it is an ocean of burning oil I am cast adrift upon, no sea's repose; I pass from waking agonies... to the semiconscious trance of torment in which the smaller, earlier, deeper rings of the brain know only that the nerves scream, the body aches, and there is no one to turn crying to for comfort.
The loss of that oral tradition and the breakdown of communication between generations had set my family adrift, floating aimlessly without history and all its accumulated experience to guide us. We need context, we need myths, we need family legends in order to see the invisible legacy that follows us, that tells us who we are.
I remained silent, adrift in a torrent of mixed feelings. The Binding urged me to curl up in his embrace, to lose myself in his scent and surrender to his lips again; however, my own thoughts begged me to turn away. I didn't know what to do. I couldn't deny there was something between Ryan and me, but what? It was the curse! It had always been the curse...
The written word is all that stands between memory and oblivion. Without books as our anchors, we are cast adrift, neither teaching nor learning. They are windows on the past, mirrors on the present, and prisms reflected all possible futures. Books are lighthouses erected on the dark sea of time.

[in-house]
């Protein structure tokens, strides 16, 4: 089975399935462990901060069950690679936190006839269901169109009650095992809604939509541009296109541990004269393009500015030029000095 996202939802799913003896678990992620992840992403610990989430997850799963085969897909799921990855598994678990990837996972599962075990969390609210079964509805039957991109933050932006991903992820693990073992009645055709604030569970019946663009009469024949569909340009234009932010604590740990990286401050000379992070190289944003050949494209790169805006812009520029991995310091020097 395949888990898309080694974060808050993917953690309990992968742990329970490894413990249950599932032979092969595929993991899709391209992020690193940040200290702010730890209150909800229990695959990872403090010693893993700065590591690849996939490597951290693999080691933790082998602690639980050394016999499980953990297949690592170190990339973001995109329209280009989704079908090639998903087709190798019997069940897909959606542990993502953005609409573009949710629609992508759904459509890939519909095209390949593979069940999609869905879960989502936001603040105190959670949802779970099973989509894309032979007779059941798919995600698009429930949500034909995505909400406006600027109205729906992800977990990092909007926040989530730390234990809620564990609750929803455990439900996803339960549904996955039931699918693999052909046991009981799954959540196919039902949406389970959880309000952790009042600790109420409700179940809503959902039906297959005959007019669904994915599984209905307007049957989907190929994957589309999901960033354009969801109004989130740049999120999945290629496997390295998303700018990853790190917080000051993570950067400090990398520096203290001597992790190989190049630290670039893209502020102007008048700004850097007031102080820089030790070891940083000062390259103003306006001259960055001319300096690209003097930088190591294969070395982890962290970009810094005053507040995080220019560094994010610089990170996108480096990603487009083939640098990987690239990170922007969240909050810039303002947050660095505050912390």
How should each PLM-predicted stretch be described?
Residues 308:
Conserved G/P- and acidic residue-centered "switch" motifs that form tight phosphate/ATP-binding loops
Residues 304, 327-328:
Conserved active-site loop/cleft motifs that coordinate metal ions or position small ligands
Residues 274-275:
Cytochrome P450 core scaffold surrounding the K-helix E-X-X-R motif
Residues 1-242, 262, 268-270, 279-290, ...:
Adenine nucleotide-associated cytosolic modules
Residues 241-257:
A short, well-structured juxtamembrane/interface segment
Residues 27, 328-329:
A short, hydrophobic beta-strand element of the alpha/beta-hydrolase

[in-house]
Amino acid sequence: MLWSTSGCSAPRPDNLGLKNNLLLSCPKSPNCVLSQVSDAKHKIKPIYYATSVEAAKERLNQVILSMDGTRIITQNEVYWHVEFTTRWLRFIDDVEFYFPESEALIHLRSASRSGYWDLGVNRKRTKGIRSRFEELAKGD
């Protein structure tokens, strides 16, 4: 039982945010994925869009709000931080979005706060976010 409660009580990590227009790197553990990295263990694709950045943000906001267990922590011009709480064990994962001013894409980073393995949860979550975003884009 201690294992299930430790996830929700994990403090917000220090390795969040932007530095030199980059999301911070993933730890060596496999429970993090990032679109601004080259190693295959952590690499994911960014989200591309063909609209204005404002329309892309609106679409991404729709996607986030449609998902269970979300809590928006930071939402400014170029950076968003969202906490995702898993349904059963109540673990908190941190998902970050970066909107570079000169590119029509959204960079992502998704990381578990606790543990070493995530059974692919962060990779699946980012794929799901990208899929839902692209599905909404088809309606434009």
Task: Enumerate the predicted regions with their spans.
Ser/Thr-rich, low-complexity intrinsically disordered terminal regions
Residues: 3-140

Weird Weekends set out to discover the genuinely odd in the most ordinary setting. To me, it's almost a privilege to be welcomed into these communities and to shine a light on them and, maybe, through my enthusiasm, to get people to reveal more of themselves than they may have intended. The show is laughing at me, adrift in their world, as much as at them. I don't have to play up that stuff. I'm not a matinee idol disguised as a nerd
How to check these unconstitutional invasions of rights by the Federal judiciary? Not by impeachment in the first instance, but by a strong protestation of both houses of Congress that such and such doctrines advanced by the Supreme Court are contrary to the Constitution; and if afterwards they relapse into the same heresies, impeach and set the whole adrift. For what was the government divided into three branches, but that each should watch over the others and oppose their usurpations?
And loneliness. I should say something of loneliness. The panic, the sweeping hysteria that comes not when you are without others, but when you are without yourself, adrift. I should describe the filthy province of mind, the blighted district inside, the place so crowded you cannot raise the lids of your eyes. Your shoulders are drawn and your head has fallen and your chest is bruised by the constant assault of your heart. (p. 37)